Original description: Emberiza unalaschcensis Gmelin 1789
Taxonomic history in AOU/AOS Check-list
AOU 1 (1886): Townsend’s Sparrow, Passerella iliaca unalaschcensis
AOU 2 (1895): Townsend’s Sparrow, Passerella iliaca unalaschcensis
AOU 3 (1910): Shumagin Fox Sparrow, Passerella iliaca unalaschcensis; Sooty Fox Sparrow, Passerella iliaca fuliginosa; Kadiak Fox Sparrow, Passerella iliaca insularis; Townsend’s Fox Sparrow, Passerella iliaca townsendi
AOU 4 (1931): Shumagin Fox Sparrow, Passerella iliaca unalaschcensis; Kodiak Fox Sparrow, Passerella iliaca insularis; Valdez Fox Sparrow, Passerella iliaca sinuosa; Yakutat Fox Sparrow, Passerella iliaca annectens; Townsend’s Fox Sparrow, Passerella iliaca townsendi; Sooty Fox Sparrow, Passerella iliaca fuliginosa
AOU 5 (1957): Fox Sparrow, Passerella iliaca unalaschcensis, Passerella iliaca insularis, Passerella iliaca sinuosa, Passerella iliaca annectens, Passerella iliaca townsendi, Passerella iliaca fuliginosa
AOU 6 (1983): Fox Sparrow, Passerella iliaca
AOU 7 (1998): Fox Sparrow, Passerella iliaca [unalaschensis group, Sooty Fox Sparrow]
IUCN Conservation Status: Of least concern
The habitats used by the Sooty Fox Sparrow are not believed to have been affected recently by human activity.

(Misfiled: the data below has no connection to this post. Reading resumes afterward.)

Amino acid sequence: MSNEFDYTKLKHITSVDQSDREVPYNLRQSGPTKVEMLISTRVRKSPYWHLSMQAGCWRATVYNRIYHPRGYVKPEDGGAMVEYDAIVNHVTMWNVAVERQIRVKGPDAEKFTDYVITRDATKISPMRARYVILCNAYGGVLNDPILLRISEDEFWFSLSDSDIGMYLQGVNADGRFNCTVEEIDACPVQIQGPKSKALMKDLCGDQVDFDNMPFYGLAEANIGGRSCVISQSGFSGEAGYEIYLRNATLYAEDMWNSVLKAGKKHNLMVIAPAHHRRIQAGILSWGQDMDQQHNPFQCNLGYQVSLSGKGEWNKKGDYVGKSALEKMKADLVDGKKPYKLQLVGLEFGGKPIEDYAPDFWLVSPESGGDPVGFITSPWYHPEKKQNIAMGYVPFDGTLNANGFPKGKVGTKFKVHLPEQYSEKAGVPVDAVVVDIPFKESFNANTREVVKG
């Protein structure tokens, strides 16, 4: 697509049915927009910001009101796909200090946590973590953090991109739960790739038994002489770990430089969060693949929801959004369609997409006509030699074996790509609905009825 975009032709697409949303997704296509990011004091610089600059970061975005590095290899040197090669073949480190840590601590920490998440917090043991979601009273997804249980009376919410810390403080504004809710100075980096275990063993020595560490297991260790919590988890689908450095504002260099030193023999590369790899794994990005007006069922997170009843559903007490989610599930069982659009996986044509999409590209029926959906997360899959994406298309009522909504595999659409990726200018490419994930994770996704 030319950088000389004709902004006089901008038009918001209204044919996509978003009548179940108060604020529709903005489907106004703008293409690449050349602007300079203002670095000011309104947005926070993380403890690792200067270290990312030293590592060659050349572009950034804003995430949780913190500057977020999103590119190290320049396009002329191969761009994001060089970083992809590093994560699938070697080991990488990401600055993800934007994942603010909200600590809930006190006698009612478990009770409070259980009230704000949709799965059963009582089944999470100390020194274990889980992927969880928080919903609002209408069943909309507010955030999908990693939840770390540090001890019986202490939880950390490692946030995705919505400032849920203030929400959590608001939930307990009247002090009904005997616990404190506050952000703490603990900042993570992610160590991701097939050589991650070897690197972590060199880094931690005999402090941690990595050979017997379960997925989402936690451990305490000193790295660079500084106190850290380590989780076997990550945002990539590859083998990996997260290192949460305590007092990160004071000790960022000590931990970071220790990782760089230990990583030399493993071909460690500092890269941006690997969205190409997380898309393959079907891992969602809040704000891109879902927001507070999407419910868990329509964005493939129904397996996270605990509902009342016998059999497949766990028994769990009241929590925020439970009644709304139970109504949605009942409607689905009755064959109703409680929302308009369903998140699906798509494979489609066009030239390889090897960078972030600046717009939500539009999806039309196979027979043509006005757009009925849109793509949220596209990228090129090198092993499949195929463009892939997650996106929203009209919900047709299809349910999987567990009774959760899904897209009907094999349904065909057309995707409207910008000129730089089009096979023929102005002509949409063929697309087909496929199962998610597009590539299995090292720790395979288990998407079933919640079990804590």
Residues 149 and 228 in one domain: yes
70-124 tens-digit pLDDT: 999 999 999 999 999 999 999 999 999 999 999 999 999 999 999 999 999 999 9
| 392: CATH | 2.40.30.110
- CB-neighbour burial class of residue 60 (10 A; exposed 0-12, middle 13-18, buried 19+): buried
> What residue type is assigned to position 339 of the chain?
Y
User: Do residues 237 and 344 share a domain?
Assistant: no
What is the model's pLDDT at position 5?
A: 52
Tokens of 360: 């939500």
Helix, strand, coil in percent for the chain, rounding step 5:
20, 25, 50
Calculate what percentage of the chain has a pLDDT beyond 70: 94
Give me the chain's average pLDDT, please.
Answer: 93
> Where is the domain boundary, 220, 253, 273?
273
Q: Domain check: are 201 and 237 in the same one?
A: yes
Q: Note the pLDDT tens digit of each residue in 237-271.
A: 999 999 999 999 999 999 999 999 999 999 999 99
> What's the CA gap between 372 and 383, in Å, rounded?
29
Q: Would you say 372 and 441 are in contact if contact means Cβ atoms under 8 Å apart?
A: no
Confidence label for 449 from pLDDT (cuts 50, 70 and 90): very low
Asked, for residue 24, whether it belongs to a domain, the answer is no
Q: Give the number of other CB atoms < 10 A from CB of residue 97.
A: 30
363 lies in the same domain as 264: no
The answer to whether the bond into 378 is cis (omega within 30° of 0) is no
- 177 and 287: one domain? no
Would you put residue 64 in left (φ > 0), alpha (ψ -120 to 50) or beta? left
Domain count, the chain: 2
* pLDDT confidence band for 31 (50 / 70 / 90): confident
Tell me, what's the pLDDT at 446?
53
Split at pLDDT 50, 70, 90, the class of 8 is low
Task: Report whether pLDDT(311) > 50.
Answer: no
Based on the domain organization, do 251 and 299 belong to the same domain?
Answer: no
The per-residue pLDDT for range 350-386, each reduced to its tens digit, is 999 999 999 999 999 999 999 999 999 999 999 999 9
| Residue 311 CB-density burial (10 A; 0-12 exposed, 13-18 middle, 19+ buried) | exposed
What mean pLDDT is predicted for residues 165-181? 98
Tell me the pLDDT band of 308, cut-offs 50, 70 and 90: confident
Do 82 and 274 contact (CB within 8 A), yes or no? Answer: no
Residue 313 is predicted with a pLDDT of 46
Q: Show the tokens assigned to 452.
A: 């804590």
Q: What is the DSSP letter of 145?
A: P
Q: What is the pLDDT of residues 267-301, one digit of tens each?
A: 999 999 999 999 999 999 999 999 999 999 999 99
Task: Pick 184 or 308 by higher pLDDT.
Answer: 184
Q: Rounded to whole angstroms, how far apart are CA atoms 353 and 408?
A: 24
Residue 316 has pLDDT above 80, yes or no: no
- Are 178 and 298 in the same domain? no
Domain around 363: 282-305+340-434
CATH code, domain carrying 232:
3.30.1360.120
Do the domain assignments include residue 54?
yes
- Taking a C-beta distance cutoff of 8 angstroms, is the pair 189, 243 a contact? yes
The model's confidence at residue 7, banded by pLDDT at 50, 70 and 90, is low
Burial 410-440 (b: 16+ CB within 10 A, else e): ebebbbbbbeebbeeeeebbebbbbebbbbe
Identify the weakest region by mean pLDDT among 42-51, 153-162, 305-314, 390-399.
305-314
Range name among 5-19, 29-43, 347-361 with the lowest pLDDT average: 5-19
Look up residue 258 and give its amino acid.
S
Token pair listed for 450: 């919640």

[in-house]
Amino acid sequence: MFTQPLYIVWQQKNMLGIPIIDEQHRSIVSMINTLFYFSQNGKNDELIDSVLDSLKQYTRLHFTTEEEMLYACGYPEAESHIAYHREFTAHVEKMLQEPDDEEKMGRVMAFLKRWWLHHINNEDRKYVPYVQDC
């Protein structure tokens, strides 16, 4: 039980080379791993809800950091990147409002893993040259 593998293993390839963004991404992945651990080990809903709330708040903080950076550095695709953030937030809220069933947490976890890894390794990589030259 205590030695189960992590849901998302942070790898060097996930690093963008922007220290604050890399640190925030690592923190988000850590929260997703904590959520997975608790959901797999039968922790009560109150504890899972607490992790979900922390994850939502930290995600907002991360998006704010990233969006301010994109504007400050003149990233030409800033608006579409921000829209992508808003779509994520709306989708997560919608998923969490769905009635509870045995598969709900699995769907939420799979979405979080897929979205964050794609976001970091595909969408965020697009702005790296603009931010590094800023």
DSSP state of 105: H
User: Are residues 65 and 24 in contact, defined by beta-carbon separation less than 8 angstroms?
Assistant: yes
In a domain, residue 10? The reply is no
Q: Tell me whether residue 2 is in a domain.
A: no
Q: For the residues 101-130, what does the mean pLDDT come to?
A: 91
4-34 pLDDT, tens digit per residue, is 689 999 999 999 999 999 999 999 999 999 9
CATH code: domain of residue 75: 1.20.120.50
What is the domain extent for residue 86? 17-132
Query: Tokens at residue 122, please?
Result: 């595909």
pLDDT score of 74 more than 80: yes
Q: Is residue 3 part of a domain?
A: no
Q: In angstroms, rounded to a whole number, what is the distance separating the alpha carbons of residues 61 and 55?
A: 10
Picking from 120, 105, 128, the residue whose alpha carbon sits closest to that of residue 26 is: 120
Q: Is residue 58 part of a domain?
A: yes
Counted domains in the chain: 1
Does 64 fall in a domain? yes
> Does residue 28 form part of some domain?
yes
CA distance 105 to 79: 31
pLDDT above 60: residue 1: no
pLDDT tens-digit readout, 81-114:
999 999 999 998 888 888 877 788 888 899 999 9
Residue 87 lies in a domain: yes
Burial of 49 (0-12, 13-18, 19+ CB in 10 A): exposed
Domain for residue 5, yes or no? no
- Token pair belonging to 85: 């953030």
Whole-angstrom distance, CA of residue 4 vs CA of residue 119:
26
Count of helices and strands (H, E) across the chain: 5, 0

Habitat: Wintering birds in most areas show a preference for damp habitats, frequenting tall, dense thickets along creeks and streams. In British Columbia and Washington, Himalayan blackberry thickets are especially attractive to this species. California winterers are also found in dense woody chaparral. Breeders also prefer damp, dense cover, including lush willows, alders, and brambles on the shores of lakes and ponds.
Behavior: Large and noisy, the Sooty Fox Sparrow often feeds on the ground in the open. When it is perched in heavy cover, this species often responds with apparent curiosity to squeaking noises, mounting to the top of a brush pile or a bare twig at mid-height to investigate their source. They are not especially social, but in urban parks in the Pacific northwest, half a dozen or more may feed in close association in migration and winter, often in association with Spotted Towhees, Song Sparrows, or Golden-crowned Sparrows.
Sooty Fox Sparrows are relatively powerful fliers, at least over short distances; they are rarely seen in sustained flight of more than a few yards. The wing beats of fleeing birds are strong and fast, and the broad tail is not pumped, as in the Song Sparrows, but twitched from side to side.
Migrants and breeders sing from low to medium-height perches in thickets and fairly open forest.
Voice: The Sooty Fox Sparrow is the boldest of its genus, fearlessly emerging from tangled cover to kick and scratch vigorously through grass and leaf litter in yards and parks. If disturbed, birds hop or fly in low swooping flight back into brambles or other low dense vegetation, where they may perch in sight as they give a square, harsh, anxious-sounding tchak, louder and lower-pitched than the tek note of a Lincoln Sparrow or junco; this call is very similar to the corresponding note given by the Red and Slate-colored Fox Sparrows. A prolonged, fairly sweet seeb note, with slow attack and decay, is given from a perch or in flight; it is fuller, longer, and more clearly ascending than the corresponding, slightly wavering call of the White-throated Sparrow.